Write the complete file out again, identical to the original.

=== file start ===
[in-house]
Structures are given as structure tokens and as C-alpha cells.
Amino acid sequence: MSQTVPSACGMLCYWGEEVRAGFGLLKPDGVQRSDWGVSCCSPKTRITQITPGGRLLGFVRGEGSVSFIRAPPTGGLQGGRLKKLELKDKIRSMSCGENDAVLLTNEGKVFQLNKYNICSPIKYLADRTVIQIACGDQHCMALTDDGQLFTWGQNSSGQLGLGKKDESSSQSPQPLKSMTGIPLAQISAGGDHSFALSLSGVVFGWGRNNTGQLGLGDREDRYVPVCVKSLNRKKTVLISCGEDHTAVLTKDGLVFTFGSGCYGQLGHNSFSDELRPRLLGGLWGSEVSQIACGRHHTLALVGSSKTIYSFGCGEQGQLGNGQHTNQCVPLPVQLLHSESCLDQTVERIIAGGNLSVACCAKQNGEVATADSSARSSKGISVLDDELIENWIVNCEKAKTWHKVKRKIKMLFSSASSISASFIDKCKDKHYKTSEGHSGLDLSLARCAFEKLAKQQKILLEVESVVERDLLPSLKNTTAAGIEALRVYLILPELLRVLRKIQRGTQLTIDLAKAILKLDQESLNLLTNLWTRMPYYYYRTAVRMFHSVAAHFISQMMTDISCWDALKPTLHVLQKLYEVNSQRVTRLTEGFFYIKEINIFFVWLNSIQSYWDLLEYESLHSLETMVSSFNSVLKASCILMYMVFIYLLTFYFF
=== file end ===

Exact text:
[in-house]
Structures are given as structure tokens and as C-alpha cells.
Amino acid sequence: MSQTVPSACGMLCYWGEEVRAGFGLLKPDGVQRSDWGVSCCSPKTRITQITPGGRLLGFVRGEGSVSFIRAPPTGGLQGGRLKKLELKDKIRSMSCGENDAVLLTNEGKVFQLNKYNICSPIKYLADRTVIQIACGDQHCMALTDDGQLFTWGQNSSGQLGLGKKDESSSQSPQPLKSMTGIPLAQISAGGDHSFALSLSGVVFGWGRNNTGQLGLGDREDRYVPVCVKSLNRKKTVLISCGEDHTAVLTKDGLVFTFGSGCYGQLGHNSFSDELRPRLLGGLWGSEVSQIACGRHHTLALVGSSKTIYSFGCGEQGQLGNGQHTNQCVPLPVQLLHSESCLDQTVERIIAGGNLSVACCAKQNGEVATADSSARSSKGISVLDDELIENWIVNCEKAKTWHKVKRKIKMLFSSASSISASFIDKCKDKHYKTSEGHSGLDLSLARCAFEKLAKQQKILLEVESVVERDLLPSLKNTTAAGIEALRVYLILPELLRVLRKIQRGTQLTIDLAKAILKLDQESLNLLTNLWTRMPYYYYRTAVRMFHSVAAHFISQMMTDISCWDALKPTLHVLQKLYEVNSQRVTRLTEGFFYIKEINIFFVWLNSIQSYWDLLEYESLHSLETMVSSFNSVLKASCILMYMVFIYLLTFYFF